Rufus Easton to Moses Austin, 11-18-1814

Summary: Asks for detailed report on lead mining and smelting to guide him in preparing legislation for Congress. Banking and confusion of the currency.

Washington Novr 18th 1814

Dear Sir,

I am anxious to obtain and as soon as possible all the information which can be had in relation to the lead mines—and I know of no person better able to give correct information on the subject [than] yourself—any ideas you may think proper to communicate as to the manner of leasing the public mineral lands will be very acceptable to me—

I wish to be informed as to the present prices given for mineral— the profits to be derived from smelting—the probable revenue to be derived to the United States from leasing—what the prices of mineral lead were before and since the war—go into as much detail in your communication as you can find it convenient to make—

The house of Representatives are now engaged in discussing the Bill for the establishment of a national bank—to revive the public credit which at present appears to be at a low ebb— As soon as the fiscal concerns are accomplished we may expect immediate provisions in detail for raising an army as I hope sufficient to expel entirely the British from the Continent and to coerce the Indians to friendly intercourse and [mutilated] us— I think Mr. Munroes first plan [an] admirable one— By reading the [debates] of congress some of which I shall send you on the subject of the Bank [you] will better discover the state and condition of the Banks on this side of the mountains —than I can inform you by letter Suffice it to say in this place you cannot get a picaun in silver and bills for one cent are in circulation No one bank will receive the paper of another without a discount of from 10 to 12 per cent.—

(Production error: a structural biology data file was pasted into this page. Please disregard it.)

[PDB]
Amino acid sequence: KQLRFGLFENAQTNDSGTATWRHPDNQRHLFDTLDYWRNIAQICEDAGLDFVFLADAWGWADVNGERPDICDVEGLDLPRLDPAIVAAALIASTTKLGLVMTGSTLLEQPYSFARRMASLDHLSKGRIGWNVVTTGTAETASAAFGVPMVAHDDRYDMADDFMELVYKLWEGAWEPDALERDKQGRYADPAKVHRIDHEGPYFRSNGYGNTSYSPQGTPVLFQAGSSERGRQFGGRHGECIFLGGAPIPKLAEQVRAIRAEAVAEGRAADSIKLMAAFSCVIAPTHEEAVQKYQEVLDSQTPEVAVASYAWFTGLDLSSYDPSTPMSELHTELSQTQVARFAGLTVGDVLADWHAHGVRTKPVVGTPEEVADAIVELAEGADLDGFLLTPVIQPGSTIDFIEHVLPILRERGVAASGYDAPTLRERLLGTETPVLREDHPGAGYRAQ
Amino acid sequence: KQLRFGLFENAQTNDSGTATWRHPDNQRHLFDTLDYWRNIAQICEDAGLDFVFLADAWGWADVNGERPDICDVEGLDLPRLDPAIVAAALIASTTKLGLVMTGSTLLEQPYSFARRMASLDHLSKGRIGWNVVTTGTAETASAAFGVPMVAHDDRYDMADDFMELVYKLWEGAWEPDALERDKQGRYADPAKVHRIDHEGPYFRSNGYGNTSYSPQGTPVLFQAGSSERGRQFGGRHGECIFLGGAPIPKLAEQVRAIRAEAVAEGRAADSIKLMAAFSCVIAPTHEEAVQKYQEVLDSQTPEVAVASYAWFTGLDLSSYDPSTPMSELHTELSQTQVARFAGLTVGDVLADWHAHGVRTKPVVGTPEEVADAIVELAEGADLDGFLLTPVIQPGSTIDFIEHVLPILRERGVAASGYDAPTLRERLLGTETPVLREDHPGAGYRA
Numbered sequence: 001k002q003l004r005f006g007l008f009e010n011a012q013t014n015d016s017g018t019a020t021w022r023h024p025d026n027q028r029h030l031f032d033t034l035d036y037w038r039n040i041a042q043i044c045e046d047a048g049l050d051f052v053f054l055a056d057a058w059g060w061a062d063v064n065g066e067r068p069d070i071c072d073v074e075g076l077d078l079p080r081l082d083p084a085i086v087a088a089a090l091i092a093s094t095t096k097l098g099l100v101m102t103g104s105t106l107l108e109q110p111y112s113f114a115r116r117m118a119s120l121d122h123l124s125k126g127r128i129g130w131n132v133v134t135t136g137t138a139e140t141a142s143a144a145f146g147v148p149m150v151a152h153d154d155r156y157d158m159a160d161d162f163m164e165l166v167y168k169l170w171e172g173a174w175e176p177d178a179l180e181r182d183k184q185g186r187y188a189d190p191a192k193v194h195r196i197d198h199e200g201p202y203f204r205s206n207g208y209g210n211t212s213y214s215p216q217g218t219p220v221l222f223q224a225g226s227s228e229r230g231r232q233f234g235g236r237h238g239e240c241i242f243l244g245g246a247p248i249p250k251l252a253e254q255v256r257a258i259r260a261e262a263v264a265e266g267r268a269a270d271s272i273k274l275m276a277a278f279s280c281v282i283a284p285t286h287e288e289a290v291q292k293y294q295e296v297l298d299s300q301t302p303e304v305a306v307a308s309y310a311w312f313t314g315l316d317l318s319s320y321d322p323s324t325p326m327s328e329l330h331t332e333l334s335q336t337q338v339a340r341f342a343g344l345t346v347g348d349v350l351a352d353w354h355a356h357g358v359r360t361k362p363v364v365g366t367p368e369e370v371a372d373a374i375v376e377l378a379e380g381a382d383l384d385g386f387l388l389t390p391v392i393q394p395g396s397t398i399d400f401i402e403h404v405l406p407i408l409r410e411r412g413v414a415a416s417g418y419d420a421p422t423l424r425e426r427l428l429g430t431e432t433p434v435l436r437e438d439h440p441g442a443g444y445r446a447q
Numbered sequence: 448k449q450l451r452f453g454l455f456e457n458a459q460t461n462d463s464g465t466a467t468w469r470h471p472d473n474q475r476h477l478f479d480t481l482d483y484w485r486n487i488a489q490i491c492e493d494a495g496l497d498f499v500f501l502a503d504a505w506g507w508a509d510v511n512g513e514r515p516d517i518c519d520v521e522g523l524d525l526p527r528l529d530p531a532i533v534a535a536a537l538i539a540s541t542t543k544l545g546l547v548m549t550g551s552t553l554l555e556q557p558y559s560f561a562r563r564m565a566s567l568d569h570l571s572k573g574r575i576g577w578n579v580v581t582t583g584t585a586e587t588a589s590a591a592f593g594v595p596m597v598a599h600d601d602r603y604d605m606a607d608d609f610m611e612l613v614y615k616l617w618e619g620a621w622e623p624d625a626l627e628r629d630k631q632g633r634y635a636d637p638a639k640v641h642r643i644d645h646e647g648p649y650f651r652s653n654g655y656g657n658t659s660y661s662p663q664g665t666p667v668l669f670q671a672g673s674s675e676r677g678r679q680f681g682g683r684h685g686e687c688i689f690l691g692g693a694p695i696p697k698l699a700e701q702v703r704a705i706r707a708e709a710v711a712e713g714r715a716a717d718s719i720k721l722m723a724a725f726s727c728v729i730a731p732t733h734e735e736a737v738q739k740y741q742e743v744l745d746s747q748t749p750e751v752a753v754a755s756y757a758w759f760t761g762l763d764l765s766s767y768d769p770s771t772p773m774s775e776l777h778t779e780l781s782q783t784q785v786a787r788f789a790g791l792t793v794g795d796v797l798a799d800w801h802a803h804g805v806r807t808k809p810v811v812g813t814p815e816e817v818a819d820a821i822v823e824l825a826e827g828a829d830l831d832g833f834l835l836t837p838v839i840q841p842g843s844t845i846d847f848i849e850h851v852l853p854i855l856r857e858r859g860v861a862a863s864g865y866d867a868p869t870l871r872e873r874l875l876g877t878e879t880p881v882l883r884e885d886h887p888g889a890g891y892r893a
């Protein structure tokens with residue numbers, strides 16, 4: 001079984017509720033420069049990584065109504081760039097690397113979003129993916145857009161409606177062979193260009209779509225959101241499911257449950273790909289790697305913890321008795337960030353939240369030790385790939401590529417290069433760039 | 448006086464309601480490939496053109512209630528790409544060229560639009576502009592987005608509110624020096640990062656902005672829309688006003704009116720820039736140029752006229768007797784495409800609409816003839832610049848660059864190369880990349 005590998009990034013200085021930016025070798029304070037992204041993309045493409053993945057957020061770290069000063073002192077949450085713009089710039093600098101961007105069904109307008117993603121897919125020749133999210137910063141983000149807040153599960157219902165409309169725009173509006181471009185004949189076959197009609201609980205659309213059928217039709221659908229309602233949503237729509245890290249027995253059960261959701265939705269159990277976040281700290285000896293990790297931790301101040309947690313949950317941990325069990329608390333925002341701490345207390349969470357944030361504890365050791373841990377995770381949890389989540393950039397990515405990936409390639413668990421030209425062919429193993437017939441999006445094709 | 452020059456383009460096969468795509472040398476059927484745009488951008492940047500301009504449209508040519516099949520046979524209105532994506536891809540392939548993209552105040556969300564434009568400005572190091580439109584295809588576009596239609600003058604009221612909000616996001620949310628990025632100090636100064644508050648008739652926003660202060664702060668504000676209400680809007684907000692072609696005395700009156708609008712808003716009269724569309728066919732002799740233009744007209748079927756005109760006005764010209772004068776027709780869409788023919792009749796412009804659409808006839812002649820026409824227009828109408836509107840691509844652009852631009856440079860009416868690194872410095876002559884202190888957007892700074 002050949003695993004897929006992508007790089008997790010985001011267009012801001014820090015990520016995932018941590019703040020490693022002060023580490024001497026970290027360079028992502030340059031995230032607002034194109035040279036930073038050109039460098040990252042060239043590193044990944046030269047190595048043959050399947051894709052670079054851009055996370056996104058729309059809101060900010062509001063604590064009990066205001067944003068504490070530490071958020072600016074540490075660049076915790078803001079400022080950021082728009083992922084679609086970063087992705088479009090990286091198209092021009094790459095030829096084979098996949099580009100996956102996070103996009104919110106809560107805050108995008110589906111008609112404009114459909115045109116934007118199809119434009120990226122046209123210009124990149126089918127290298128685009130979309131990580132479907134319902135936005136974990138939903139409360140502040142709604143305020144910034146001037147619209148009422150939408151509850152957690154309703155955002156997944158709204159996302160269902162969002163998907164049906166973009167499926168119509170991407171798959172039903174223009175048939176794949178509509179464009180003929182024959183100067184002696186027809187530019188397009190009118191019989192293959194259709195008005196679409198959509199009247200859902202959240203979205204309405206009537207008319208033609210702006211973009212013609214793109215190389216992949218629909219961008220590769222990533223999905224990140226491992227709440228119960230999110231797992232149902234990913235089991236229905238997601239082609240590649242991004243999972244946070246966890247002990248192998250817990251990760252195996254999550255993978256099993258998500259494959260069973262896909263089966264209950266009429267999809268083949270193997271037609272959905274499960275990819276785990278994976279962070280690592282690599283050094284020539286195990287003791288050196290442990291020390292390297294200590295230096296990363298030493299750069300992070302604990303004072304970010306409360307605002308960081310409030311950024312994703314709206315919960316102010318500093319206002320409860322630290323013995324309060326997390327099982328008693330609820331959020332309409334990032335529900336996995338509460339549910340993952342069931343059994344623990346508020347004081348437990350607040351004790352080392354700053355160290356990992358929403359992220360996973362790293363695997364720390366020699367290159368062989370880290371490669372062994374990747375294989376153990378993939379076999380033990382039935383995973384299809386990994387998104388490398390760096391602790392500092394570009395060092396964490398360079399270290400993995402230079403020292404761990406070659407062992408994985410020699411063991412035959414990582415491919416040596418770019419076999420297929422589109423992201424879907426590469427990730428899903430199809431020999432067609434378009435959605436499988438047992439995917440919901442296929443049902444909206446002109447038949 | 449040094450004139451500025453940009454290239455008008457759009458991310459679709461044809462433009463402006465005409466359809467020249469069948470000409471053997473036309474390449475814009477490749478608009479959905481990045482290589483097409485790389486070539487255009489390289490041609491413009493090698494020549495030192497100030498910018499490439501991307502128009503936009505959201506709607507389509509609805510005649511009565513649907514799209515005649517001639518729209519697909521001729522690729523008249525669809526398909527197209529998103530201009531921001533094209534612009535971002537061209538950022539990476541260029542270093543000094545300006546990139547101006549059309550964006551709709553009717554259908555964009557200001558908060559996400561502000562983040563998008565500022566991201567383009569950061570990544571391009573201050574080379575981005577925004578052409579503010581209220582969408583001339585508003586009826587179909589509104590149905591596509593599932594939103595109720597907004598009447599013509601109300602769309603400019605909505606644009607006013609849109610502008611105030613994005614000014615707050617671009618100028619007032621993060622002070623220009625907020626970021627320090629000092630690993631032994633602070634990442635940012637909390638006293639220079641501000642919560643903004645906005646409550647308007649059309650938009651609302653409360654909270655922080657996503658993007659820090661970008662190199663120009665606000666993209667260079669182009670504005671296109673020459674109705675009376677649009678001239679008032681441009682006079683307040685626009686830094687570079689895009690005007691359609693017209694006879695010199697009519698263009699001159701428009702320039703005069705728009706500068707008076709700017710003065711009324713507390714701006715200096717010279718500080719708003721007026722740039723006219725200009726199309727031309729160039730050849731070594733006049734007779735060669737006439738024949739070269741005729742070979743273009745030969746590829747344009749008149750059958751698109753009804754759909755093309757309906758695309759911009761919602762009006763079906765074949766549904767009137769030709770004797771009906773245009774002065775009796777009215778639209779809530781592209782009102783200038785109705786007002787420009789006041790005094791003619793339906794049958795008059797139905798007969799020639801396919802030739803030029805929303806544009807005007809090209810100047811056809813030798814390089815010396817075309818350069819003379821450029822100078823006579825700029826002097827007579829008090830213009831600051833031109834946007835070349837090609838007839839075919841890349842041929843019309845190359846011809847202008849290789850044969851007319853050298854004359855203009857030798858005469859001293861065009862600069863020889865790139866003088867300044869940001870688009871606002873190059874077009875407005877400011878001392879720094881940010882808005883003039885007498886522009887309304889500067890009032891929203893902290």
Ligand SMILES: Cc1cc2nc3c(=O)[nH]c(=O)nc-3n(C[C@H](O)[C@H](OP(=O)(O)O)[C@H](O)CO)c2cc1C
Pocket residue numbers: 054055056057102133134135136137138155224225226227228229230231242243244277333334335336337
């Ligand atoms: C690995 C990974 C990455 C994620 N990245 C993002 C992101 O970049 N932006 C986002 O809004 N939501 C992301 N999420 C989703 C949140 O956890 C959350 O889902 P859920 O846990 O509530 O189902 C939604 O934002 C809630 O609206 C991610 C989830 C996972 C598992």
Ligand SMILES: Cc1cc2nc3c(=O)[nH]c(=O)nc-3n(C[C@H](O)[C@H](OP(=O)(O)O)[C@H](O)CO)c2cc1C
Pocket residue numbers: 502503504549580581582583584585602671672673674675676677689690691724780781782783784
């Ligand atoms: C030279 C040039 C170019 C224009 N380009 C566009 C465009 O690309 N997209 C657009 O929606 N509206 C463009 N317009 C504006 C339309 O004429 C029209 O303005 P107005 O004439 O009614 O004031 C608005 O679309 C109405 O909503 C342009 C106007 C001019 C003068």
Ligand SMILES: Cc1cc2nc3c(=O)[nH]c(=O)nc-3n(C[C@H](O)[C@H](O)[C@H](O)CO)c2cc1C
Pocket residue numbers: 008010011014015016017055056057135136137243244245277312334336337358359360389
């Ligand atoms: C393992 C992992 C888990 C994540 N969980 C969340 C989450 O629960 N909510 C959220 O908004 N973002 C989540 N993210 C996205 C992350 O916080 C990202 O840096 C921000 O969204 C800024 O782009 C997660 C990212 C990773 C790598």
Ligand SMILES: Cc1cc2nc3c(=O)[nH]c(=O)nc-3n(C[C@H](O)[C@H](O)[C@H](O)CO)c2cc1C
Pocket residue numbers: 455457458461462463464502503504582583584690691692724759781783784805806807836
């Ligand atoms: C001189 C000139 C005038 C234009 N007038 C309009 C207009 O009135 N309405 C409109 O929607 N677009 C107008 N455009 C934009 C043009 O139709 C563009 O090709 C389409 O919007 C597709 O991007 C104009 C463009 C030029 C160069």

I had not arrived when the first section of the Bill to incorporate the U. S. bank was under consideration in committee of the whole— The territories had all been omitted I succeeded to day in one amendment authorising the directors to establish offices where soever they shall think fit in the territories for the purposes of discount deposit and distribution—and think it would be much better if they were compelled by the law to establish one such office in each state and territory whenever a certain amount of the capital stock should be subscribed in such state or territory— the object would be to prevent the specie from going out of the State into the Mother Bank at Philadelphia—but you might as well kick agt the pricks as to attempt it— It will however be strongly urged I suspect— I shall try to [have the] first section so amended as to have [offices?] for subscription opened within our territory— Write me often your ideas [on] these and other subjects which may occur

R Easton [Rubric]

Be pleased to present my best respects to Mrs Austin and Mr. and Mrs. Bryan and to Stephen

I send you a Bank bill for five Cents.—

[Addressed:] Moses Austin Esquire Post Master Mine Potosi Washington County Missouri Territory